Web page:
Recidivism Law and Legal Definition
Recidivism is a tendency to lapse into a previous pattern of behavior, especially a pattern of criminal habits. Many courts are now utilizing drug and alcohol treatment programs to reduce the recidivism rate of offenders who commit drug or alcohol related crimes. Recidivism is often used to identify the success of a specific institutional program.
Recidivism means the rearrest, reconviction, or reincarceration of former inmates. Recidivism is the critical outcome variable in corrections, but assessing recidivism is a very complex measurement problem. Re-admission to prison is the most conservative measure; most studies use arrest for a new crime.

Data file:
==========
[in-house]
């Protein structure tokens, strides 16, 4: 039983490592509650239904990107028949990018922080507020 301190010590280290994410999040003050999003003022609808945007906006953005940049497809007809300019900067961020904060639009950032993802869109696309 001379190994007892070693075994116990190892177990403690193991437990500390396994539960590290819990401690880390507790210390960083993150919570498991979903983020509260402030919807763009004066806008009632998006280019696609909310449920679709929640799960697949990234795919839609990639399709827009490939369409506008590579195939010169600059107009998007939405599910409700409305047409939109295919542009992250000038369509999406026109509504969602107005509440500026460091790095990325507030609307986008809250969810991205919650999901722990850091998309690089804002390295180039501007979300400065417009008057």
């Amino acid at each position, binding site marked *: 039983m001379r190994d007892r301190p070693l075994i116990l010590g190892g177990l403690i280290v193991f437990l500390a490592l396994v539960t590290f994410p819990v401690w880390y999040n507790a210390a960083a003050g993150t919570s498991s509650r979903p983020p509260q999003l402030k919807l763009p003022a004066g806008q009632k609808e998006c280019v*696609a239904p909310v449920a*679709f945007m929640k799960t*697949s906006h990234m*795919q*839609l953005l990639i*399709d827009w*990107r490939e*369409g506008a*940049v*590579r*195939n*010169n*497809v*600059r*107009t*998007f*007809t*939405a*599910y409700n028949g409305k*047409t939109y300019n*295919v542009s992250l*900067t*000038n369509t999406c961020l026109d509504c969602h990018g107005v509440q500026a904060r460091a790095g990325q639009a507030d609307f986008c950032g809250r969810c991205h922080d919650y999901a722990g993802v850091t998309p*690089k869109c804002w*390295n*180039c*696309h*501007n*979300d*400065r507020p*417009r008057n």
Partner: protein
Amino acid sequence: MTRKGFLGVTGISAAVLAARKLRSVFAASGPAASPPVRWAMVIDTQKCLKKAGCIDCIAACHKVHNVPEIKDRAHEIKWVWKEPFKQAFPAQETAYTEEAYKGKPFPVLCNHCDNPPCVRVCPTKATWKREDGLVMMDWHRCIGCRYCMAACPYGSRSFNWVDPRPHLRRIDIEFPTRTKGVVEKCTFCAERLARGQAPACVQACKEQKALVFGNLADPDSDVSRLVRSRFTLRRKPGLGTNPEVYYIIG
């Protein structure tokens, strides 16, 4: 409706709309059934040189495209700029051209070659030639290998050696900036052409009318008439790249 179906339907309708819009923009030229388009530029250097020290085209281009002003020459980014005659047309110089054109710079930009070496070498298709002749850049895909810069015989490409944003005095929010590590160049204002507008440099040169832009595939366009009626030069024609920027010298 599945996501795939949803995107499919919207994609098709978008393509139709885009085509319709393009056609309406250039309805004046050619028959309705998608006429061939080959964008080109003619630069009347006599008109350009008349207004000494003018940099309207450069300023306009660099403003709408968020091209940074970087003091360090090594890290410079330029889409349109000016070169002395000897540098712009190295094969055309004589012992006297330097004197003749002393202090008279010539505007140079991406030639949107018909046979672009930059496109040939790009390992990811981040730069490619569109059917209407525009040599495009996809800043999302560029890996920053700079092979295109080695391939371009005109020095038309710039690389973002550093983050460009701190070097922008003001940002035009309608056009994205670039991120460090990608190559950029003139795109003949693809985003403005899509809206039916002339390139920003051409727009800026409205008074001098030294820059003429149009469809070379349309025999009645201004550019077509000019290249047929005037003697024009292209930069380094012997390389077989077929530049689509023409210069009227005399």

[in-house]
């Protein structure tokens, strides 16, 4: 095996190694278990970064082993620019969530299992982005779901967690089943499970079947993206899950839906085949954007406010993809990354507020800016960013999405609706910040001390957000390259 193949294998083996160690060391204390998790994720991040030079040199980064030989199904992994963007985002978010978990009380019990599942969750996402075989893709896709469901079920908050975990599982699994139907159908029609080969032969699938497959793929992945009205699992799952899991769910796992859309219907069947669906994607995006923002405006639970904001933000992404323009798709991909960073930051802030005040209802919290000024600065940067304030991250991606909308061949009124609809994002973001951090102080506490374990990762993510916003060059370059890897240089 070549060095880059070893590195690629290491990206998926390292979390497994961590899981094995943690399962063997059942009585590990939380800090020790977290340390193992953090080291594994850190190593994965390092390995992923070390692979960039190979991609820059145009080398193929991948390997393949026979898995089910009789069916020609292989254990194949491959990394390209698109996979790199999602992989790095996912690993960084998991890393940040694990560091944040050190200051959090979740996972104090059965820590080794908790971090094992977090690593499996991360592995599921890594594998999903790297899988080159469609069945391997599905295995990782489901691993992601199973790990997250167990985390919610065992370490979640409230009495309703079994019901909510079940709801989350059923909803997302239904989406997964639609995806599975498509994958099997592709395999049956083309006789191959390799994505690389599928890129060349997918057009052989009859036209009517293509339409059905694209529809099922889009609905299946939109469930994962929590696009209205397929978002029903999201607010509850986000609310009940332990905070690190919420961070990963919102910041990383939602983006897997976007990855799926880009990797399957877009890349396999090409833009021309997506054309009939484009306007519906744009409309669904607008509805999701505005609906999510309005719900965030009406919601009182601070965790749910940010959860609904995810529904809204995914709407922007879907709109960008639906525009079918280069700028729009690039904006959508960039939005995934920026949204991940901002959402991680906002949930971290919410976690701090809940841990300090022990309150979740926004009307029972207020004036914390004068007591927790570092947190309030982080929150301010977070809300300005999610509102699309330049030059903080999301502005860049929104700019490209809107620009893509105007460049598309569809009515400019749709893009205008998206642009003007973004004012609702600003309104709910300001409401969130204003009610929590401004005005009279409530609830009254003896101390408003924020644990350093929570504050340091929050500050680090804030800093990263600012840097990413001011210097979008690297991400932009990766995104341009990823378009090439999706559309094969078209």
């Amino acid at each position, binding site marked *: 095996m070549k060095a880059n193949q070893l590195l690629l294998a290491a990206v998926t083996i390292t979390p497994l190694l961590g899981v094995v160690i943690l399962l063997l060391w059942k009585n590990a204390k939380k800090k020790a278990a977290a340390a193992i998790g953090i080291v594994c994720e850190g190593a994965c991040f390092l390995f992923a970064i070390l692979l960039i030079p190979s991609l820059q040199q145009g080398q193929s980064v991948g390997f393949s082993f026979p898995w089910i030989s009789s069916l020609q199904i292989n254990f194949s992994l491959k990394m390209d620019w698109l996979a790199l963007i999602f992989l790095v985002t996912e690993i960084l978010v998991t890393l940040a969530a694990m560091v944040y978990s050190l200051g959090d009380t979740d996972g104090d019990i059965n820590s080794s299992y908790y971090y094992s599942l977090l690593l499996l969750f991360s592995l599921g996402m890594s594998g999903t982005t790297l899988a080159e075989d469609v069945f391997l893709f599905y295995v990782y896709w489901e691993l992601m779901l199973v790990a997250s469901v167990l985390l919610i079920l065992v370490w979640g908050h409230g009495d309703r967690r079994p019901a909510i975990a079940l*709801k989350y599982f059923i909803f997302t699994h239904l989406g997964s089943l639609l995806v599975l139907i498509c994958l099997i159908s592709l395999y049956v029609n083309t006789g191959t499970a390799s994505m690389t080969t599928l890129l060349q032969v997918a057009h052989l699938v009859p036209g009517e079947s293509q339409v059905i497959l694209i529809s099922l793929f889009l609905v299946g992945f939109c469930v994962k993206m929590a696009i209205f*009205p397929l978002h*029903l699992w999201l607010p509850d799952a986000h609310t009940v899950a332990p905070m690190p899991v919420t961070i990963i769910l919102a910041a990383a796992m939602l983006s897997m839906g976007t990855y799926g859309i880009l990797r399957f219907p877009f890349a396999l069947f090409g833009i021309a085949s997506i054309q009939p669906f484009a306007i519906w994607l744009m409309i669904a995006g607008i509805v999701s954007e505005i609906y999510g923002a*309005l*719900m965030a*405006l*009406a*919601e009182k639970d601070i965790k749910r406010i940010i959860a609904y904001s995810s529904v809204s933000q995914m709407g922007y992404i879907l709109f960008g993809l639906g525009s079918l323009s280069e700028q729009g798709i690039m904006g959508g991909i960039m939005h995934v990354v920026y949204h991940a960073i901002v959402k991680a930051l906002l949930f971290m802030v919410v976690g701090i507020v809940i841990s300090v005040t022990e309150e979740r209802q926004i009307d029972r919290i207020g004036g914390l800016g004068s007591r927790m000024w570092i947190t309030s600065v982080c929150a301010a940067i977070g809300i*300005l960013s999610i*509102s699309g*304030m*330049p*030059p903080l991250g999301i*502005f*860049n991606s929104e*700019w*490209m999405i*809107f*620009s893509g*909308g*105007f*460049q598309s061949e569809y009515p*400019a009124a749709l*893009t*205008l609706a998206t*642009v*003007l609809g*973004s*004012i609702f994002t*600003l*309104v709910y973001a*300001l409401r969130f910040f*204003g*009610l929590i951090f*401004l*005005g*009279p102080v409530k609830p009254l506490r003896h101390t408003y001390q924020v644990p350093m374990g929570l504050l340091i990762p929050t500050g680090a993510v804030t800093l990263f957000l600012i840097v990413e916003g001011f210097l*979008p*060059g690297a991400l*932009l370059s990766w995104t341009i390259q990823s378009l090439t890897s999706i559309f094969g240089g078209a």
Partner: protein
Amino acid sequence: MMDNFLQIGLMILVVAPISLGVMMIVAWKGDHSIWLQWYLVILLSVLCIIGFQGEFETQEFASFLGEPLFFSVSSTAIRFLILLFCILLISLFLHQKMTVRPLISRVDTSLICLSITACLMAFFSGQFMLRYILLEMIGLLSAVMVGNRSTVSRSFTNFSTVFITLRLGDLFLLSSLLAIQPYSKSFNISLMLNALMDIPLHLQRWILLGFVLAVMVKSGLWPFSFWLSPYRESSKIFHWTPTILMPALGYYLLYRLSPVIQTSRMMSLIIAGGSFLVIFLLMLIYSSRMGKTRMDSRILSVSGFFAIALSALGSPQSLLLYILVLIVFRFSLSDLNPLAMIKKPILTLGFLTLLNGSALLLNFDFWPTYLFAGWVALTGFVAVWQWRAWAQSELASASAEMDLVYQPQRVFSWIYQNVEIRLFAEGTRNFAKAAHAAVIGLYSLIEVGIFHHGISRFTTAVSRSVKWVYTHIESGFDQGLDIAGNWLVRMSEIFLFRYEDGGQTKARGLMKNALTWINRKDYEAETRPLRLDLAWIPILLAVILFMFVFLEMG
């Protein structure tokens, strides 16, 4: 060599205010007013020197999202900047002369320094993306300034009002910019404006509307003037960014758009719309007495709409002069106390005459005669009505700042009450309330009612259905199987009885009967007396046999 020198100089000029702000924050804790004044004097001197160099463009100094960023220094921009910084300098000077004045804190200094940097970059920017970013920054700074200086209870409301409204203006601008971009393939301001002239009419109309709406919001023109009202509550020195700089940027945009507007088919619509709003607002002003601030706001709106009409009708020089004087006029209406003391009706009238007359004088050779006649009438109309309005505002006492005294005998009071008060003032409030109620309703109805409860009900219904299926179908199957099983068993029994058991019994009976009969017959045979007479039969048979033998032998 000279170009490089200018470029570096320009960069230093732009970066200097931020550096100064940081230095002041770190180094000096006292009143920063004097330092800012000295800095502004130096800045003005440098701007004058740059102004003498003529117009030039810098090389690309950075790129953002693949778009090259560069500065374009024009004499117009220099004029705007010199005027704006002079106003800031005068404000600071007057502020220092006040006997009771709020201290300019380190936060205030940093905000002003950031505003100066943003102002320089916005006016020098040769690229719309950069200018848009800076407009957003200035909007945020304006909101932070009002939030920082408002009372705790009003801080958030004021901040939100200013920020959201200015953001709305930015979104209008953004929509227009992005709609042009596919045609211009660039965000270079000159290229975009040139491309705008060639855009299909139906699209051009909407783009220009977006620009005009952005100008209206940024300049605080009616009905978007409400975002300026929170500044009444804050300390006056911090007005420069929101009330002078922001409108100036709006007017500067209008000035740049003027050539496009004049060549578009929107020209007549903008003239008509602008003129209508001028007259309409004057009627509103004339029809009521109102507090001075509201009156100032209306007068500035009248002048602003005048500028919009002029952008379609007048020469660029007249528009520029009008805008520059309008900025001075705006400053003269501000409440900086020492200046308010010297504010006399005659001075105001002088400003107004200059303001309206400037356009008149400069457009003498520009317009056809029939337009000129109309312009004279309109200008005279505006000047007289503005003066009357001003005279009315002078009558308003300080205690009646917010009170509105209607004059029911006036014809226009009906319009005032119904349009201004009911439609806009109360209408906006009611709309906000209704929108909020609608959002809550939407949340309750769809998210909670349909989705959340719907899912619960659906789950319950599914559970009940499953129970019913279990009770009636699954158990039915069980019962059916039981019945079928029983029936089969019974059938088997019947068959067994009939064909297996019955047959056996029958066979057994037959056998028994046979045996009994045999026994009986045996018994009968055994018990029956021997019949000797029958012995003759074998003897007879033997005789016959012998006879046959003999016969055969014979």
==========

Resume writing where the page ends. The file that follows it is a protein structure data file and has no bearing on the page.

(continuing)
The effect of prison or jail sentences on recidivism is an important issue to those concerned with public safety and the cost-effectiveness of putting convicted offenders in prison. Opinions are divided between those advocating longer sentences in the interest of public safety, and those advocating shorter sentences with the assumption that incarceration, or longer prison terms, will not reduce recidivism rates.
The U.S Department of Justice conducted a three-year study of prisoners released in 1994. Among the findings were:
Released prisoners with the highest rearrest rates were robbers (70.2%), burglars (74.0%), larcenists (74.6%), motor vehicle thieves (78.8%), those in prison for possessing or selling stolen property (77.4%), and those in prison for possessing, using, or selling illegal weapons (70.2%).
Within 3 years, 2.5% of released rapists were arrested for another rape, and 1.2% of those who had served time for homicide were arrested for homicide.
The 272,111 offenders discharged in 1994 had accumulated 4.1 million arrest charges before their most recent imprisonment and another 744,000 charges within 3 years of release.